Friday, August 1, 2014


The inclusion of the old jazz tune "Midnight, the Stars and You" in Bong Joon-ho's epic dystopian sci-fi allegory Snowpiercer is now confirmed to be a willful, not so subtle reference to The Shining. According to the blog Consequence of Sound:
The Shining and Snowpiercer share a couple notable similarities on the surface: Mother Nature (in both films, the brutal cold prevents the heroes from escaping) looms large in the background, and the final scenes depict a woman and a child escaping into the harsh environment, hoping for a better life. But Marco Beltrami, who scored Snowpiercer, reveals this connection with his choice to include “Midnight, The Stars and You”. In a pivotal scene, Curtis leads his comrades through a steaming sauna ... with Franco the Elder in hot pursuit. The near-indestructible Franco knocks Curtis out, only to be distracted by (and eventually killing) two of Curtis’ best soldiers. Franco then turns his attention to finding the security expert Namgoong (Kang-ho Song) and his assistant Yona (Ah-sung Ko), who have been opening all the doors for the rebels. Franco methodically fixes his suit and slowly begins to search the sauna for Namgoong and Yona. As he does so, “Midnight, The Stars and You” plays faintly in the background. Although Franco the Elder receives very little characterization in Snowpiercer, his character serves as a crude homage to Jack Torrance in The Shining, which is first hinted at during this scene.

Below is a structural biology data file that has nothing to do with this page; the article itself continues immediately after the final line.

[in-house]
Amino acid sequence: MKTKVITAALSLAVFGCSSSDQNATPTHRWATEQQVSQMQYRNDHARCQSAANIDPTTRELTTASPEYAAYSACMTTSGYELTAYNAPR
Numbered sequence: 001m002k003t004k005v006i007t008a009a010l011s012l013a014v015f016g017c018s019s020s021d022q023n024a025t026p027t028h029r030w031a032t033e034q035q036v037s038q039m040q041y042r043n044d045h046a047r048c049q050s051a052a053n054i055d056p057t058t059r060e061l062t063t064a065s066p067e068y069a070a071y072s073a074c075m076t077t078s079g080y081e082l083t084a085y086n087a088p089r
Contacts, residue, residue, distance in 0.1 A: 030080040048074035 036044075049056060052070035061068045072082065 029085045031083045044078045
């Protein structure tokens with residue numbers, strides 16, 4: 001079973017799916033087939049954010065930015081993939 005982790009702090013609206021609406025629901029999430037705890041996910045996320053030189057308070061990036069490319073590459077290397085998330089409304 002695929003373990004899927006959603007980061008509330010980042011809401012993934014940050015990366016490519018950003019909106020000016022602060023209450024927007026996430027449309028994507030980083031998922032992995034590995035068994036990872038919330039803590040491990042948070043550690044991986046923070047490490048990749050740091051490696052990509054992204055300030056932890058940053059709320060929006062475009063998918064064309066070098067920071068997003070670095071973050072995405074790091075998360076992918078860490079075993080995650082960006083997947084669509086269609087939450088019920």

mosaic56965f5378048c32c749f19a2e2ed43c41e4a625 How an Old Jazz Song Pays Homage to Stanley Kubricks The Shining

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